The internal seals fill any slight gaps between lens barrels. In addition, Tamron applied a special coating to the front element, which helps to repel things like dust, water, and grease.
Its barrel is mainly magnesium, offering a slick and modern look.
You can confidently shoot in harsh environmental conditions.
Outstanding Autofocus System
I was very impressed by its autofocus performance when I tried this lens borrowed from a friend. It is as good as the Nikon’s SWM focus motor.
I was trying to capture an eagle with this lens. The lens could easily lock on and track it throughout the flight. I shot in AI-Servo focus mode and took a bunch of photos, and only one or two displayed a slight motion blur.
In the meantime, I didn’t hear noticeable noise from the Ultrasonic Silent Drive motor.
Excellent Image Quality
The image I took was full of details. I had expected the image quality to be a little worse because of the complex structure of this lens. Every single glass element has the potential for loss of detail.
I zoomed in on the images on a large display. The pictures were so clear that I could count the hairs of the eagle. I looked closely at the place where its wings met the sky. I didn’t find obvious color fringing.
The image quality was beyond my expectation.
VC Image Stabilizer
Note that I took those images handheld.
The image in the viewfinder remained still when I turned on the VC function.
The stabilizer is also very quiet and effective in operation.
It gives around four stops of image stabilization.
- Durable and weatherproof
- Outstanding image quality
- Accurate and quiet autofocus
- Effective vibration reduction
- Great performance to price ratio
- Tripod collar must be purchased separately.
I believe it is the best budget birding lens for Nikon users.
Getting close-ups of wildlife in action is always alluring to many wildlife photographers. Some animals are so small that you have to use at least 600mm for close-ups, e.g., passerine birds. But the lenses with a focal length longer than 600mm are typically pricey.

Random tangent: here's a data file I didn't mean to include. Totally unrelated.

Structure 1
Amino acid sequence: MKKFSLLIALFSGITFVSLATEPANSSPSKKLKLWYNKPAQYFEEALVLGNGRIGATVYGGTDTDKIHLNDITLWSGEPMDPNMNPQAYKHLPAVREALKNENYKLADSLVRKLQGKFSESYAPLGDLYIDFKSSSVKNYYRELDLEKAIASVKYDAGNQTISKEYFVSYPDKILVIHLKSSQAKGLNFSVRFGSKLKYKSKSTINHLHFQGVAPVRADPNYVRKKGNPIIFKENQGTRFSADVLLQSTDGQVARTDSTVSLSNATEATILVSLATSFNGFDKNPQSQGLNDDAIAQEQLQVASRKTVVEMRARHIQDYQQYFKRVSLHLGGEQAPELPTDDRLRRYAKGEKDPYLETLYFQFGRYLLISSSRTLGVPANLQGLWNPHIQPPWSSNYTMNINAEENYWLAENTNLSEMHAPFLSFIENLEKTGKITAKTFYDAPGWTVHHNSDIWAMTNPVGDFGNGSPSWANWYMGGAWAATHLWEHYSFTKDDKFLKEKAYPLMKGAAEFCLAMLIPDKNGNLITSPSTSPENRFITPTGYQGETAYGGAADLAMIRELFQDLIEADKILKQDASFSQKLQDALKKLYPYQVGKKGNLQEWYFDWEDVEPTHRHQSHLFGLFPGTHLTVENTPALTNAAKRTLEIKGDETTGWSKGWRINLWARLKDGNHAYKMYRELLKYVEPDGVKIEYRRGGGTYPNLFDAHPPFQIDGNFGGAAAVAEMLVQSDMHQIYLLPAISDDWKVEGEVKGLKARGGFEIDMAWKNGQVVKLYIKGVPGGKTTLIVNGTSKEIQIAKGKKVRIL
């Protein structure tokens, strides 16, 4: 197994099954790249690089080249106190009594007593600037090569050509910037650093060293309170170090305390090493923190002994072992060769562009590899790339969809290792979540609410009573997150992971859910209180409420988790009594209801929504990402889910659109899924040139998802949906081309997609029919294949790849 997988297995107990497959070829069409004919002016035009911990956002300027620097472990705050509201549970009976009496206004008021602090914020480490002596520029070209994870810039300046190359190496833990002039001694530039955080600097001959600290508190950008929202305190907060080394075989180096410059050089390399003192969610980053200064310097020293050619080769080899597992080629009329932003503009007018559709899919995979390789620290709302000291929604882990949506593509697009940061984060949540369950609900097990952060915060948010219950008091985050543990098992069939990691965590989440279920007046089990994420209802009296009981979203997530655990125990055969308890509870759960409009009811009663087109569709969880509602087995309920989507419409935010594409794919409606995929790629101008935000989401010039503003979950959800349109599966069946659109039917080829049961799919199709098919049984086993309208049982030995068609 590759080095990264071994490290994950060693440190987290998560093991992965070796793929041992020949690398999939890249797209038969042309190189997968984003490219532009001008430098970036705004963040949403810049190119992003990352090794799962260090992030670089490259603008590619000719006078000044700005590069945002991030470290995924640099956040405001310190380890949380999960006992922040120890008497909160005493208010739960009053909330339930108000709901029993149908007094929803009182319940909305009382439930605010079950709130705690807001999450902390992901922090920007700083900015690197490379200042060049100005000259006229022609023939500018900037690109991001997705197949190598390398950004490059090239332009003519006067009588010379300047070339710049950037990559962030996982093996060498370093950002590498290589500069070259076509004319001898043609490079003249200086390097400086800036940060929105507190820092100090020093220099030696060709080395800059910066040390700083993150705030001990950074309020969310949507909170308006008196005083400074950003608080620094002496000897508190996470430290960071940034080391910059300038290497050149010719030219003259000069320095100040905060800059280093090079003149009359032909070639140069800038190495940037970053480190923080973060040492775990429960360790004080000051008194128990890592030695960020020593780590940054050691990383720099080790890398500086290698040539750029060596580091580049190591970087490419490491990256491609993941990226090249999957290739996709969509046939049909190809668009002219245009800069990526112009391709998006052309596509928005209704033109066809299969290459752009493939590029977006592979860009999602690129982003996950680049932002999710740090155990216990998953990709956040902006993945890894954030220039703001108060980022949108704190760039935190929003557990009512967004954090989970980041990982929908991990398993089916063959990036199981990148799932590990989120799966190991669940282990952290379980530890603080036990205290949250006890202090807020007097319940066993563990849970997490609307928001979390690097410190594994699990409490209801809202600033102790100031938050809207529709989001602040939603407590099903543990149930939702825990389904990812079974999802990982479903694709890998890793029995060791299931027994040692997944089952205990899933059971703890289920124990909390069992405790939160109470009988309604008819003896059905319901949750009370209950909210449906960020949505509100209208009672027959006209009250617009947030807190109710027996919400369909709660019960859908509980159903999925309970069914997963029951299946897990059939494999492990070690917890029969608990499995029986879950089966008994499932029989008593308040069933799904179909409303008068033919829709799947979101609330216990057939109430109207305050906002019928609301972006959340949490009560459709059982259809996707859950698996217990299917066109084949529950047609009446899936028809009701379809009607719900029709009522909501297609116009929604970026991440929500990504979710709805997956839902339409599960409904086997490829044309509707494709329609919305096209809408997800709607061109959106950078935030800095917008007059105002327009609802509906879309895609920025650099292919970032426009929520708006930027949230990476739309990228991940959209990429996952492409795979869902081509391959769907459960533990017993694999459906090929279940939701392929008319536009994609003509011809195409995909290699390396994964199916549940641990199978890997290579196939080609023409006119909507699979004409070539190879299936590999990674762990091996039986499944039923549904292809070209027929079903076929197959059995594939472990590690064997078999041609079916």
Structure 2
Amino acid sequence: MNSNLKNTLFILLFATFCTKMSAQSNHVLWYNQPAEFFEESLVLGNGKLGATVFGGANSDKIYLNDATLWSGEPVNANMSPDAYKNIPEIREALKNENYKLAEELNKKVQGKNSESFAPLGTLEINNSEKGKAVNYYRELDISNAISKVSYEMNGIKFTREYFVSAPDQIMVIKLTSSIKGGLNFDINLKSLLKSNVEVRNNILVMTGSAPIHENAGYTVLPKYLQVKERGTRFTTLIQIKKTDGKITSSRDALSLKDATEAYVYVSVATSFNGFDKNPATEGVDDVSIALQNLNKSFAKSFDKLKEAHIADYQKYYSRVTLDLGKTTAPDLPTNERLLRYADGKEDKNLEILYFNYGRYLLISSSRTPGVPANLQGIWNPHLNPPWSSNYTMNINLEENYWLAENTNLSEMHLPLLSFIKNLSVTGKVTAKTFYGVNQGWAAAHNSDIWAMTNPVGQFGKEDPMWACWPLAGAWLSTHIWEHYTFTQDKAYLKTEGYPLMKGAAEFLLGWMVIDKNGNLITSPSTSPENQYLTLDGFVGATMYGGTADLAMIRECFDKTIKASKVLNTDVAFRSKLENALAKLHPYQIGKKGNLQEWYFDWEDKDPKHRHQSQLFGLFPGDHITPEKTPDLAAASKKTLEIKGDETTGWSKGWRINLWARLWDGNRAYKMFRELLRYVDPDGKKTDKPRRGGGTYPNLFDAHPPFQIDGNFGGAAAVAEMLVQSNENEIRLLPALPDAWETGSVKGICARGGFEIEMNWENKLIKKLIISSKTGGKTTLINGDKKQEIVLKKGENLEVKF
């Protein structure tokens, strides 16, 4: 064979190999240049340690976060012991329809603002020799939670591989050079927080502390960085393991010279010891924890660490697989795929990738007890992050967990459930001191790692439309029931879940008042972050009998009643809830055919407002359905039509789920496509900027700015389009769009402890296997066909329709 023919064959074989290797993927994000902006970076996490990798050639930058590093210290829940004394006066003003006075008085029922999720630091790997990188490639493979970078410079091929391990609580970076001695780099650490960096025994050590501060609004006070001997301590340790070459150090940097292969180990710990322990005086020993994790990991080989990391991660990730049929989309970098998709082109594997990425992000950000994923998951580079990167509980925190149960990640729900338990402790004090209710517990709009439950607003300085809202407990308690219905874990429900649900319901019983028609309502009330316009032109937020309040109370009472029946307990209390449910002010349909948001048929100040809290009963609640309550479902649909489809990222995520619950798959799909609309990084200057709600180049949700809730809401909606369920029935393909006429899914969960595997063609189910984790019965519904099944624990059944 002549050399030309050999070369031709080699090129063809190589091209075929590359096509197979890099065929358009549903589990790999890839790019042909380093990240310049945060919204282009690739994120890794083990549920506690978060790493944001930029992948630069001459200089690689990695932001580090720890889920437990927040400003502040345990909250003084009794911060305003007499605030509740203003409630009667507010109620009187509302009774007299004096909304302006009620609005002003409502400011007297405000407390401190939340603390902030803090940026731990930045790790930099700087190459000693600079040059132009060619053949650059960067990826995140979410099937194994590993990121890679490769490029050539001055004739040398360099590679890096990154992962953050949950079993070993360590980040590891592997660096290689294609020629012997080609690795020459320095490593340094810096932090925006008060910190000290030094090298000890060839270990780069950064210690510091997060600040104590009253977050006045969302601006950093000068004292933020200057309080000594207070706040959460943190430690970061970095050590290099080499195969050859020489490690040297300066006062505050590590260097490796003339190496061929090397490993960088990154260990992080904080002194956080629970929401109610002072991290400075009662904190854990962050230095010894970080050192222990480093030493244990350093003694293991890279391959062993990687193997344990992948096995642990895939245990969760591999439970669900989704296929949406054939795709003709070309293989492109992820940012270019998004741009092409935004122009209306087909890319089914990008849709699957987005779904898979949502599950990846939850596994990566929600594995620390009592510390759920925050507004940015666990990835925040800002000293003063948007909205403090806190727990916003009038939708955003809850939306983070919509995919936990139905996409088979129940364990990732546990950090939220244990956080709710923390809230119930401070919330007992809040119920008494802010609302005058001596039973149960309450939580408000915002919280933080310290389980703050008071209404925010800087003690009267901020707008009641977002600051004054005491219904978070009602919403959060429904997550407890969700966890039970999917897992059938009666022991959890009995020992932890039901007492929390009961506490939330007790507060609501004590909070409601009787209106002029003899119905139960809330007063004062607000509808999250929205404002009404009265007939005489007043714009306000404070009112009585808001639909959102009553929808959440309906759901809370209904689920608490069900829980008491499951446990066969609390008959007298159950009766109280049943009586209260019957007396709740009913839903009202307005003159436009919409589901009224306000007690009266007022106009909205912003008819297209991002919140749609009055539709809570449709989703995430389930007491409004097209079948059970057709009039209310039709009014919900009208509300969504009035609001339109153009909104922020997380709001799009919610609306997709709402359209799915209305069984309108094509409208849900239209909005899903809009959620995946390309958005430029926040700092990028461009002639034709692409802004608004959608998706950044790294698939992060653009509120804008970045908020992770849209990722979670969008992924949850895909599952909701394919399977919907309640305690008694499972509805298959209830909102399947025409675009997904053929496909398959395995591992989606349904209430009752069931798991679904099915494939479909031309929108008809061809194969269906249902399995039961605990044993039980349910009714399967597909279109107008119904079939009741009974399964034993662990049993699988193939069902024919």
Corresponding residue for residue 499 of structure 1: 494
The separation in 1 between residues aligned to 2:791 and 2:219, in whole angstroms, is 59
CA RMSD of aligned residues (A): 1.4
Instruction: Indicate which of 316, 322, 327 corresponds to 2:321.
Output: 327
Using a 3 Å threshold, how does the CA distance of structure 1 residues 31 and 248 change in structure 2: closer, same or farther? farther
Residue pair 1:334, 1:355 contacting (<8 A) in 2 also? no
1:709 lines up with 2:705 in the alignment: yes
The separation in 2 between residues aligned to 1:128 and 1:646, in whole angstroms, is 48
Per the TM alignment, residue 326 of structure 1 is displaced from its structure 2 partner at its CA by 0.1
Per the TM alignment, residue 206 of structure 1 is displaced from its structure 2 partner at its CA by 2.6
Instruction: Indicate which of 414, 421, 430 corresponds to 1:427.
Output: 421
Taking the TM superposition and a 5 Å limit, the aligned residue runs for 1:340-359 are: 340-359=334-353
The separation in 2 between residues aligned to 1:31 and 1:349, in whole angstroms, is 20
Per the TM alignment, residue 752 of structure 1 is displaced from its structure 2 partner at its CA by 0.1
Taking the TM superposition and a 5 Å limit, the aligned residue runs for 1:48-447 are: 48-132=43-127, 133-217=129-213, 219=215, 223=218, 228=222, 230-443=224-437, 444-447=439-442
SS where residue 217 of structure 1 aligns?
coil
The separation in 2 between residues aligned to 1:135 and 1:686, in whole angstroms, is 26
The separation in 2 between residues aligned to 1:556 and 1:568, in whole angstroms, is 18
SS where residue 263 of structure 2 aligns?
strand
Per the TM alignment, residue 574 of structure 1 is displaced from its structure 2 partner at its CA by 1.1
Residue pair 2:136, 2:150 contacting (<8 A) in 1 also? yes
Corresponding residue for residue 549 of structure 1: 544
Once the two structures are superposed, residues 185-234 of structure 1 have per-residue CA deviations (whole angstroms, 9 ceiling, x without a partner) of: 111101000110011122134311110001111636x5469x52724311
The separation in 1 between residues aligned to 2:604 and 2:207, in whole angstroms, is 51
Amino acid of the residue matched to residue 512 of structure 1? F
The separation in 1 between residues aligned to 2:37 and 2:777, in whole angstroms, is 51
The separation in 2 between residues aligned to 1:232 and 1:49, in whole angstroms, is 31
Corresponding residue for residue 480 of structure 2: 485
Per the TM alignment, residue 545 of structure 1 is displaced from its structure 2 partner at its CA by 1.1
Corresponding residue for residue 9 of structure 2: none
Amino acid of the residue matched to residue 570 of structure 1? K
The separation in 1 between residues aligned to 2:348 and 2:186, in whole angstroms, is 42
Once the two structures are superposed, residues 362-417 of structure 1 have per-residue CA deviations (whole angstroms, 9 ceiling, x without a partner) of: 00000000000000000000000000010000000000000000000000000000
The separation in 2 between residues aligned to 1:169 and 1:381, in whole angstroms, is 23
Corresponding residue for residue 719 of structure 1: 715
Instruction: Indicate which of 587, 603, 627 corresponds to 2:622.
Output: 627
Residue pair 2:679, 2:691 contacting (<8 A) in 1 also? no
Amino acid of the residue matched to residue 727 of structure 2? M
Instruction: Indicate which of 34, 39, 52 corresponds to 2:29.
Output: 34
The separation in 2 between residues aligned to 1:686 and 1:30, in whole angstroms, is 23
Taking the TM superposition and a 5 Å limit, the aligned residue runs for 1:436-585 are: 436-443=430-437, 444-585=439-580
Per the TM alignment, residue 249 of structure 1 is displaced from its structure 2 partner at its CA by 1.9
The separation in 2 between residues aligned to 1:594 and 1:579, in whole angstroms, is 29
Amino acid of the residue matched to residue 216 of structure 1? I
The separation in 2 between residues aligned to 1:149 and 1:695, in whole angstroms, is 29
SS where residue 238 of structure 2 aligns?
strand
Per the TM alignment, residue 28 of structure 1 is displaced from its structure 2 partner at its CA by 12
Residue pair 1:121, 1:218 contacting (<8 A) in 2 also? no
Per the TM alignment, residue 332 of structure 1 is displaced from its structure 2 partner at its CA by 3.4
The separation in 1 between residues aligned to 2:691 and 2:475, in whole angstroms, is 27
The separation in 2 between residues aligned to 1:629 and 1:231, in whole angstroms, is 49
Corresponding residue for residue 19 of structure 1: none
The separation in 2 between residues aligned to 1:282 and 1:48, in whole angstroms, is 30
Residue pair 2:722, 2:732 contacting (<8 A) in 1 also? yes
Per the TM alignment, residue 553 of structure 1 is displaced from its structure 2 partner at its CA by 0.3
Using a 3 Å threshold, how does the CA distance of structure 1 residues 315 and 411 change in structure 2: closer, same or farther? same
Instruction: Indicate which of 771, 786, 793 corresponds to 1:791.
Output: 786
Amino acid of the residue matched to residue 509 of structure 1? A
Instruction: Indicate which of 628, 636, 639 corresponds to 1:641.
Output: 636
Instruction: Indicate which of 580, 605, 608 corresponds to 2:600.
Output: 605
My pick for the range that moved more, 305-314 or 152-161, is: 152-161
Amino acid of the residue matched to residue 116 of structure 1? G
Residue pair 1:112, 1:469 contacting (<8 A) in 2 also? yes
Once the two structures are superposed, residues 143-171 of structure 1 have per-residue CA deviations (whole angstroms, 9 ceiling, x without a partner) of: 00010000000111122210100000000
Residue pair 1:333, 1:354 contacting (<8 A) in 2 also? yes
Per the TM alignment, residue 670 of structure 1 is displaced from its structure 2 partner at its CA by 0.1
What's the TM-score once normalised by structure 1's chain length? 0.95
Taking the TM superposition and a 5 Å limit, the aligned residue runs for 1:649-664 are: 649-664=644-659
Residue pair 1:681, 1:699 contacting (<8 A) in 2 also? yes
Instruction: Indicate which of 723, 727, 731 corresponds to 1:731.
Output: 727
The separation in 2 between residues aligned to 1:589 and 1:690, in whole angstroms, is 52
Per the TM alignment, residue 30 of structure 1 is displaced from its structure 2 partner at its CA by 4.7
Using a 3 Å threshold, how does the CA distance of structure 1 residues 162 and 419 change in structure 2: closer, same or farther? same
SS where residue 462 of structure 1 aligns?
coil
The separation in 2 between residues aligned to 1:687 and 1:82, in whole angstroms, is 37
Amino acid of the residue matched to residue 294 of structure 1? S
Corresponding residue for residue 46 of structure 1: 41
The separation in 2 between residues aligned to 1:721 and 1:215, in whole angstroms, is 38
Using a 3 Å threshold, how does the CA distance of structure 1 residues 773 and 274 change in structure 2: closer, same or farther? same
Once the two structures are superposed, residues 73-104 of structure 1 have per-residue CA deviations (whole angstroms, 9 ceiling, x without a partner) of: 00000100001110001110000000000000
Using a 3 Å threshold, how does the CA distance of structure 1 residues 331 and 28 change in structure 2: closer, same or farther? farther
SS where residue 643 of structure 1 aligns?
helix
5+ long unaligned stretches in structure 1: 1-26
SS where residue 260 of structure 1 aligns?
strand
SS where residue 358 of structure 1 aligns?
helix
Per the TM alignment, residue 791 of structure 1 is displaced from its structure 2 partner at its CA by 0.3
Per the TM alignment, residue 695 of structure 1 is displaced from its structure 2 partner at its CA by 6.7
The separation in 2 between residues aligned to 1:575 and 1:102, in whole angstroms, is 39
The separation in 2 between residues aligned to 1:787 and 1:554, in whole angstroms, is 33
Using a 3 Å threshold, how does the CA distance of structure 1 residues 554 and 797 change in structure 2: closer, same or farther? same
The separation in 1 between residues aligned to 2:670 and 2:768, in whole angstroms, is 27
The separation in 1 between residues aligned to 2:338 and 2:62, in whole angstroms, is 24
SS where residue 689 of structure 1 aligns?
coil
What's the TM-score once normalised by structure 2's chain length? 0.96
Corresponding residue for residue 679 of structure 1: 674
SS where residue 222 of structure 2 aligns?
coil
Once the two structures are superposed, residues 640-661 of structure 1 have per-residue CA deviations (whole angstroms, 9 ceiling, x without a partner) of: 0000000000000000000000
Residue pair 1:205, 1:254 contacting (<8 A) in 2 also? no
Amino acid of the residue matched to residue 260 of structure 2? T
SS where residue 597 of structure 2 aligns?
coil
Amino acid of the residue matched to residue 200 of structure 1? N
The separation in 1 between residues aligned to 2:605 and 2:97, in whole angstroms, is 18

In this case, Sigma 150-600mm F5-6.3 is the best budget option. It’s designed for full-frame Nikon F-mount cameras; however, it is also compatible with DX bodies, offering a 225-900mm equivalent focal length range.
- FX/DX format
- OS Image Stabilizer
- 3 SLD Elements
- 1 FLD Elements
- HSM Motor
- 9-blade diaphragm
Great for Handheld Shooting
Shooting handheld with a long-range zoom lens is tricky as it challenges a camera’s ISO performance and shutter speed. To avoid camera shake, you have to increase the shutter speed. At the same time, you have to push your camera’s ISO quite a bit to maintain the same exposure. This will downgrade the image quality.
You won’t have such issues using Sigma 150-600mm F5-6.3. It helps stabilize the lens or camera movement. Many photographers who have used this lens can get sharp images at 1/100th of a second at 600mm.
Compared with similar super zoom lenses, this lens is lightweight. It allows you to shoot quite a long time without much arm fatigue.
Bokeh is a beautiful effect when the background is out of focus and looks soft — the larger the aperture or the longer the focal length, the more noticeable its effect.
As against 6.3 at 400mm, this budget lens has a maximum aperture of f/6.3 at 600mm; therefore, it has better bokeh effects.
In addition, it has a diaphragm of circular 9-blades, rendering bokeh whose shape is much closer to that of a perfect circle.
Great Image Quality
Lenses with extreme focal lengths often show drawbacks in their image quality. But this lens has a relatively excellent performance.
It is extremely sharp at focal lengths less than 400mm.
The sharpness is still decent at the maximum of 600mm.
With the help of 1 FLD element and 3 SLD elements, the color fringing and chromatic aberrations throughout the zoom range are well-controlled.
Super multi-coating is also applied to reduce flare and ghosting.
Autofocus speed is impressive, particularly at 600mm, thanks to the Hyper Sonic Motor (HSM).
As the motor name suggested, HSM also functions quietly when autofocusing. With such a long-range of focal length, your shooting will certainly not interfere with the normal activities of wildlife.
Manual focus can be adjusted at any time by overriding the focus ring..
- Outstanding telephoto reach
- Fast and silent autofocus
- Affordable in price
- Including tripod collar
- Slight pincushion distortion
- Not fully weather-sealed
I think it is the best budget super-telephoto lens for wildlife photography.
Wildlife photography is an excellent activity for those who love nature. But it also has higher requirements for equipment. I sincerely hope you can get the best lens for the least amount of money so that you can use the money you save elsewhere, such as travel and airfare.
If you have more questions, feel free to leave a comment below. I’m here for you!